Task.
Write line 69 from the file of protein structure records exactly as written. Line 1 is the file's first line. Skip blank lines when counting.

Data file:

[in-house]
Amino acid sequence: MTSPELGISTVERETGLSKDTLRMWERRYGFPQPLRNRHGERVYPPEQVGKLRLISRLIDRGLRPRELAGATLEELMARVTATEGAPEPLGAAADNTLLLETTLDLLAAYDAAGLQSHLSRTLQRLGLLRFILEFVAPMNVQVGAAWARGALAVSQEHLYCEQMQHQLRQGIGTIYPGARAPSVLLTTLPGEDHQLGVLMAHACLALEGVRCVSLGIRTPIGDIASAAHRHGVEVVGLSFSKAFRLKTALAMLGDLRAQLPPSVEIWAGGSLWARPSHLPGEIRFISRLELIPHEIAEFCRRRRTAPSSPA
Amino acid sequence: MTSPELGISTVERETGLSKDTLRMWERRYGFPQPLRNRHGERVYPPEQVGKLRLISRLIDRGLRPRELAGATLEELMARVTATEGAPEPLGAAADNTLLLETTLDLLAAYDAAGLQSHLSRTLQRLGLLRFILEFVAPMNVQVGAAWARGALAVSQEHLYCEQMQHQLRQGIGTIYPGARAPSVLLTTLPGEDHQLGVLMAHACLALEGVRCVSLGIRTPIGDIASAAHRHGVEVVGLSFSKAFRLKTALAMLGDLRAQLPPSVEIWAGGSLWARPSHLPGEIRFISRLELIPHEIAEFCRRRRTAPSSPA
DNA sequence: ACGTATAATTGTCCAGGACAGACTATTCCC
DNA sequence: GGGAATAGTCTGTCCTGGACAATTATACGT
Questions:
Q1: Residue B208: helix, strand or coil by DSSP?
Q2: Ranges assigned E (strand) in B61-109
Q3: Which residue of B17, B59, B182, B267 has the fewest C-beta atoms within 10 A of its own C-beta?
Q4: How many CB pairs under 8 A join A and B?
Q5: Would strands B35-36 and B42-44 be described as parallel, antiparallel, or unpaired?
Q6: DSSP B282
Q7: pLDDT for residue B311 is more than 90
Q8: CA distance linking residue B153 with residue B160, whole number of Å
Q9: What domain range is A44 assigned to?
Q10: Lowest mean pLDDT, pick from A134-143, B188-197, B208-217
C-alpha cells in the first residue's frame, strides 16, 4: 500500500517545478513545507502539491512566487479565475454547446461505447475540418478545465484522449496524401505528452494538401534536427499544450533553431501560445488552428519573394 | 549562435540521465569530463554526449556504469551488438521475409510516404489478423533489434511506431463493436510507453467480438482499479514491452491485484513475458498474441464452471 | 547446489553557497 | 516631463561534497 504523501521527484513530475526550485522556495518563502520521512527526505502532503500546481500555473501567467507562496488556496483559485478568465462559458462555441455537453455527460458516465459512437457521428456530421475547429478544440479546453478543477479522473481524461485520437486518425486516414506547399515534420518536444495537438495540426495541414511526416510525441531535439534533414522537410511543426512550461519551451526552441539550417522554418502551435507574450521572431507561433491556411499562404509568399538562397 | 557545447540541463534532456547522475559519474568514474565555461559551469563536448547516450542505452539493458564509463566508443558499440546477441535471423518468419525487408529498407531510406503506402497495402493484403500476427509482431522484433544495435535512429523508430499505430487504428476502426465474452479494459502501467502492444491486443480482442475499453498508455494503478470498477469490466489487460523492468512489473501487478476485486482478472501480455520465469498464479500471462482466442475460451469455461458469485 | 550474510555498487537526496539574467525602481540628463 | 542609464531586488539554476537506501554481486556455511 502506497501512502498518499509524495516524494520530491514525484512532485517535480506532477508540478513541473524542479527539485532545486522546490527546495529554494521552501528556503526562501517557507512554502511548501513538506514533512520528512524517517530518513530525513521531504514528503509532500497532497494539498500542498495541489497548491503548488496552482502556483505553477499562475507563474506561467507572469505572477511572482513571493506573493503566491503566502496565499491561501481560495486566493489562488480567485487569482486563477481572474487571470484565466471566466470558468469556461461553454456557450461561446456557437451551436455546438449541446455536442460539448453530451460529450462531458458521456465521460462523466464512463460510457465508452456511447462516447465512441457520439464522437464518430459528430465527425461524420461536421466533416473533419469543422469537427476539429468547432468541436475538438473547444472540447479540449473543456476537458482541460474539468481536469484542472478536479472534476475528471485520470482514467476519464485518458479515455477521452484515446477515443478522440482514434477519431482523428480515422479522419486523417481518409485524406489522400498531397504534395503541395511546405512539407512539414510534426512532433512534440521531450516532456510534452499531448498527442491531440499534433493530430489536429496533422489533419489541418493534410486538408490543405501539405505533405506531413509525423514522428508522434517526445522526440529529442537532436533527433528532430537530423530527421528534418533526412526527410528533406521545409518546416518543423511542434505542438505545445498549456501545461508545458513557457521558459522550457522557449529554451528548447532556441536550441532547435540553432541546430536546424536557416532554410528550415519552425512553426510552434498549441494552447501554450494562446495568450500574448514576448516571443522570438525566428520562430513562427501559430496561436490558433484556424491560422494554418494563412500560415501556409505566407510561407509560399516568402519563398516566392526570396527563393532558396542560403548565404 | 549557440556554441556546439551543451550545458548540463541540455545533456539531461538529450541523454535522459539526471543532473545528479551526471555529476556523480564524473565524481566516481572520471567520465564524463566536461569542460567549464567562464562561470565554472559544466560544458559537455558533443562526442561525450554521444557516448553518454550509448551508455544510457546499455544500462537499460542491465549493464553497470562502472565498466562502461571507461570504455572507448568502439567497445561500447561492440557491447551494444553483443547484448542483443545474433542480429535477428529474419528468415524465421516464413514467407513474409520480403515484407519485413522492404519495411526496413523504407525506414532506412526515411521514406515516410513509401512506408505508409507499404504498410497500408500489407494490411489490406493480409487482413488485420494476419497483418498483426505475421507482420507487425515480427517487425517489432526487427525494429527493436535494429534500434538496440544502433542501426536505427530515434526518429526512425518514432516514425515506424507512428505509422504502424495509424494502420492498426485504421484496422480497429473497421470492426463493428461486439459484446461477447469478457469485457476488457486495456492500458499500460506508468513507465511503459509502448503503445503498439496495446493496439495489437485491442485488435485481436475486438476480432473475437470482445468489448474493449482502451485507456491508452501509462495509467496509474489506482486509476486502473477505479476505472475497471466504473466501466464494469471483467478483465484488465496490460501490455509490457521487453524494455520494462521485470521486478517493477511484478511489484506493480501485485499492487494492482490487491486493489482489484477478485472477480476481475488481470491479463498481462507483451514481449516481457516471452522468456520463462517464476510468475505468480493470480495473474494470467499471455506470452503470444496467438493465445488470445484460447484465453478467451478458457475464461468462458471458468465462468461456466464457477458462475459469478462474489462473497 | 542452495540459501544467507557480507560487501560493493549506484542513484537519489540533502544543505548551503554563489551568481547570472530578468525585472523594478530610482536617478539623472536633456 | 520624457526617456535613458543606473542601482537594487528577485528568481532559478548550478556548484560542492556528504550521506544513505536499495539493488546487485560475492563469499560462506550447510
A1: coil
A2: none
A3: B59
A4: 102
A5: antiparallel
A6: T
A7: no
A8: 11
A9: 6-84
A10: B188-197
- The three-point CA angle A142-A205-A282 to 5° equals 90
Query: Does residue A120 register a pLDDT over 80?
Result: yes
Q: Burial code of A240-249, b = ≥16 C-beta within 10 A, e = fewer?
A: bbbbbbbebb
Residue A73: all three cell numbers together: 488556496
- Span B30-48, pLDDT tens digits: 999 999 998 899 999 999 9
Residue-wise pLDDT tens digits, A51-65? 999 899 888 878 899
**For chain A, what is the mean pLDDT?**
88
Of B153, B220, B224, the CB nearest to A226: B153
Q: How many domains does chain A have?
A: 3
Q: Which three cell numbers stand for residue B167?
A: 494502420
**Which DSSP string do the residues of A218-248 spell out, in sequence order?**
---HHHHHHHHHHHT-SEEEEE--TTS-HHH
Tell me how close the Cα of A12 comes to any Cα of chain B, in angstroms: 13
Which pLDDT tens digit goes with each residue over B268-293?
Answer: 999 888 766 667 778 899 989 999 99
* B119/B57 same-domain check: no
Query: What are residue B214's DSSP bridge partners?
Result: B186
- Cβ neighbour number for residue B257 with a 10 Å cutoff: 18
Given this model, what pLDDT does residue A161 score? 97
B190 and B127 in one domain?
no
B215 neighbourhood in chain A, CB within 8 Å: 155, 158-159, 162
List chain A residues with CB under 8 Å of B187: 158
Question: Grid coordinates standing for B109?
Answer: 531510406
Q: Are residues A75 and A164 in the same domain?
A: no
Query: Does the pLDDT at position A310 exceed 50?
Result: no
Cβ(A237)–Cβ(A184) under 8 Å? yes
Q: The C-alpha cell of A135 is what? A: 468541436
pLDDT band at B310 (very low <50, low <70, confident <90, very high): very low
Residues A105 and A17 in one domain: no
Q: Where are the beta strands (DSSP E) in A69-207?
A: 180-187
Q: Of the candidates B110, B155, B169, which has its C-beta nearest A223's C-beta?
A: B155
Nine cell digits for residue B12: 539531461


Q: Of the candidates B110, B155, B169, which has its C-beta nearest A223's C-beta?